NaNoWriMo has started with more of a fizzle than a bang - I have a cold and have been feeling awful all week. I haven't given up, I am keeping on with my story; but my ME brain fog has kicked in and concentration is not at its best, which is frustrating. I'm seriously down on word count and not sure if I will make it this year; but I won't give up.
I decided to re-visit a post I wrote last year on the things I got from taking part in the hope that it inspires me and I get back into the groove. Turns out the lessons I learnt from NaNo are pretty vauable lessons for life. It has reinspired me and not just about writing. I hope it does the same for you...
It’s the final hour of NaNoWriMo and I can’t help feeling a strange mixture of elation and sadness. The one thing I know for sure is that NaNoWriMo has had more of an impact on my life than I ever imagined. It sound a little melodramatic; but I would go as far as to say that NaNo has changed my life, it’s opened up possibilities I had never imagined and revealed things I never expected.
What I’ve learnt from National Novel Writing Month.
Challenges are good – I started NaNo because I’ve been doing postaday and enjoying it, it seemed a natural extension of that. Most of my blog posts are between two hundred and three hundred words so I guessed it would be a stretch; but I thought I would just be able to manage to reach the required 1,667 words a day.
Don’t underestimate yourself – I thought I would struggle with the project, I had ideas; but writers are these amazing talented people who I can only aspire to be. Wrong! Writers are people who have the dedication and determination to sit down and write, every day. Just by writing, you are a writer. You may not be Shakespeare; but everyone has to start somewhere.
Great novels don’t pour onto a page – they need editing. I was under the misconception that there was no point in starting to write a novel until I could form the perfect prose. Wrong again! The more writers I talk to and the more books and articles I read, the more I realise that everyone struggles with the first draft, there are bits that flow and bits that don’t; but you don’t need to worry about them until you do your first edit (which notably I’ve not done yet, so I’ll hold judgement on that process!).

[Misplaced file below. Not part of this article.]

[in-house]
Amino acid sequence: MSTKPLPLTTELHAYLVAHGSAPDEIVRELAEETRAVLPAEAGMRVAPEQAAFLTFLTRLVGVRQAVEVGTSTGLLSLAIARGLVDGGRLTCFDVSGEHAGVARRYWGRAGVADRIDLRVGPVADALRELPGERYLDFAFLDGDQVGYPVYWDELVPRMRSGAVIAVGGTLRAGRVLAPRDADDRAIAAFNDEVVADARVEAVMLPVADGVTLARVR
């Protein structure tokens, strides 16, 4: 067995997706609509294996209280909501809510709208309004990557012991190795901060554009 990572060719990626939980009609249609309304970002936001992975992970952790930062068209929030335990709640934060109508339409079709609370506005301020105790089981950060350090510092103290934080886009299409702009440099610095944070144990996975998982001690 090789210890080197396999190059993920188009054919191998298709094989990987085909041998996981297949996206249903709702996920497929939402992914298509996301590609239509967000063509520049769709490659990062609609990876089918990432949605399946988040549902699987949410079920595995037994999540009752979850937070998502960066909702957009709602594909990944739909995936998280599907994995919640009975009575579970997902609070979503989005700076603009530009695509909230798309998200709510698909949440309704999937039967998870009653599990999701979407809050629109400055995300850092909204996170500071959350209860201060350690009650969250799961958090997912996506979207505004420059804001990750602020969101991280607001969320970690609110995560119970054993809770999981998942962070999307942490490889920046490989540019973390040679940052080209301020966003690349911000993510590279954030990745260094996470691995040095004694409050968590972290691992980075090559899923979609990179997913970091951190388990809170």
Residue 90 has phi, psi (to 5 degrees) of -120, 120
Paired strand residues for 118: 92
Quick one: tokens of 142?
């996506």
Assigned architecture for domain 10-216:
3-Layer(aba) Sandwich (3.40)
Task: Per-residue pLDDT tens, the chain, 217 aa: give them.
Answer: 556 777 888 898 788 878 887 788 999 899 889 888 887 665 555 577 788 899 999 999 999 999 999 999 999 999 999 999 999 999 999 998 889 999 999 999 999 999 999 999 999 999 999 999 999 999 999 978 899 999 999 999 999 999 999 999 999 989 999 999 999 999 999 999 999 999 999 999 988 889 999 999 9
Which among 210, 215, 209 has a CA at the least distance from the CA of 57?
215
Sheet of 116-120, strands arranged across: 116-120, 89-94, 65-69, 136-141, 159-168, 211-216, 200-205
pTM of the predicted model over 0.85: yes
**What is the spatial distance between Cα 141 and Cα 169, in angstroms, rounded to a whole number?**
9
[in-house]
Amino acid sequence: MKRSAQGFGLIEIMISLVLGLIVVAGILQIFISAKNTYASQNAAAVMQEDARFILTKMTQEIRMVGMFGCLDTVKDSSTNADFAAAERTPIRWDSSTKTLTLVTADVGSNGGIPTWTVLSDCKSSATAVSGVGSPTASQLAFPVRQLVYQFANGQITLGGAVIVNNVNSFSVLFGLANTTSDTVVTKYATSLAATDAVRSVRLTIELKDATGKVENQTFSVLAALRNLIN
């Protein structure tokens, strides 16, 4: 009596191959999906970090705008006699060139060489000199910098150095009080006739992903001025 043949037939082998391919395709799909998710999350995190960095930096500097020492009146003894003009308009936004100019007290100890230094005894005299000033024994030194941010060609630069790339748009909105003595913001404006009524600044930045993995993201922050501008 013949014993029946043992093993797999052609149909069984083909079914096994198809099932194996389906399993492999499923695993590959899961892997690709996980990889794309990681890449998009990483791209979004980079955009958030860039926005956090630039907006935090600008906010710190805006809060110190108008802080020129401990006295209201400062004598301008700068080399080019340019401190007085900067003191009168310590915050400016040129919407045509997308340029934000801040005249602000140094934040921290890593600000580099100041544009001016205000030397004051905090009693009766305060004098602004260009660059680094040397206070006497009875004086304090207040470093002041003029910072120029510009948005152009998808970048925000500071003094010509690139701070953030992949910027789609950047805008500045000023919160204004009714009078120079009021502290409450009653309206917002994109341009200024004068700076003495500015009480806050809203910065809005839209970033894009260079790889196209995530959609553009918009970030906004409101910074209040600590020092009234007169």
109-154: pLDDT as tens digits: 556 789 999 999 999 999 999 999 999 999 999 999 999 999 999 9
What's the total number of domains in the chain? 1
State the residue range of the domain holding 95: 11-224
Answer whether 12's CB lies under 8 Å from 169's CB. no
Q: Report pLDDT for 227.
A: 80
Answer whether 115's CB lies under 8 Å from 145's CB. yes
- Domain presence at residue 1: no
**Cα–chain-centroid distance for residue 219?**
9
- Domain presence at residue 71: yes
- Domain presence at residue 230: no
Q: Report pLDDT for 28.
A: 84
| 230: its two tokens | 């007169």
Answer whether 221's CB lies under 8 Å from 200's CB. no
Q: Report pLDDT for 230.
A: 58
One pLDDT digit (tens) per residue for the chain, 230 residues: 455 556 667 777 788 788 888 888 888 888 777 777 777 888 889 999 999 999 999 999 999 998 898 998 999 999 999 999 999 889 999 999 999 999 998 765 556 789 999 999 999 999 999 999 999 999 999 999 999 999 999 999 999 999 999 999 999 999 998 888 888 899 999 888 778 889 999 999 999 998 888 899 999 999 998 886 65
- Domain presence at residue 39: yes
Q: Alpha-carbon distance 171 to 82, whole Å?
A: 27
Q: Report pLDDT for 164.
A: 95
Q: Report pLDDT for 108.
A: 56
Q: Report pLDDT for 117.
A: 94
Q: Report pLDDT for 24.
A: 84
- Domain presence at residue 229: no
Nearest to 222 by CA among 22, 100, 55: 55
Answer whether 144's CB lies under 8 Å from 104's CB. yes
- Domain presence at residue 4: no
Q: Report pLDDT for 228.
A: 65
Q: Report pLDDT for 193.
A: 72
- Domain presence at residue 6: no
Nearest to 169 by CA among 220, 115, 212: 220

Go for your dreams – I have always wanted to write a novel; but imagined it would be something that would be impossible, painful and take years, I just didn’t feel like I could commit to it, at least not right now. Some people do write like that, it’s their process; but it doesn’t have to be like that. If it hadn’t been for NaNo I would never have attempted writing a novel, it would have remained permanently on my wish list. I’m so pleased I can cross it off now; but it’s been replaced by more dreams, writing more stories, hopefully getting published; but although they feel impossible right now, so did writing a novel thirty days ago.
Deadlines are important – it helped to know I had to write a minimum number of words each day, it was a target to aim for, certainly in the first week and it focused my mind, stopping me from procrastinating. As soon as I hit 50,000 after just the second week, I felt like I lost my focus again. Setting my sights on 100,000 was exactly what I needed to inspire me again. I want to use this in other areas of my life to help me achieve more.
I have more words in me than I thought possible – I imagined it would be a struggle to get to 1,667 words a day. Boy was I wrong! The words seemed to just flow out, my fingers have been whizzing across my keyboard much to the displeasure of my Mum, because the letters, specifically the N, E, S, O and A are now wearing off our joint laptop. As a touch typer this doesn’t bother me; but she is having issues. (I’ve just bought a pen to write on new letters for her!)
I have a deep need to write and specifically to tell stories – I have never felt so alive, so inspired, or so happy as when I write, especially when I can hear the characters in my head, see their faces. I feel compelled to tell their stories, to bring them into reality and it’s almost like an addiction. I get completely consumed and all I want to do is write. If I’m not writing I’m planning what I will write.
I write best when I have imagined a scene completely in my head – that’s when I truly feel the emotional connection. If I have a vague idea, it feels much more wooden and contrived. I’m not sure whether to admit this; but I’ve found myself in tears during some parts of the novel, because I feel like I’m channelling all this emotion. Turns out it’s hard to focus on a screen when your eyes are stinging with tears; but at least I can touch type, so I don’t need to see!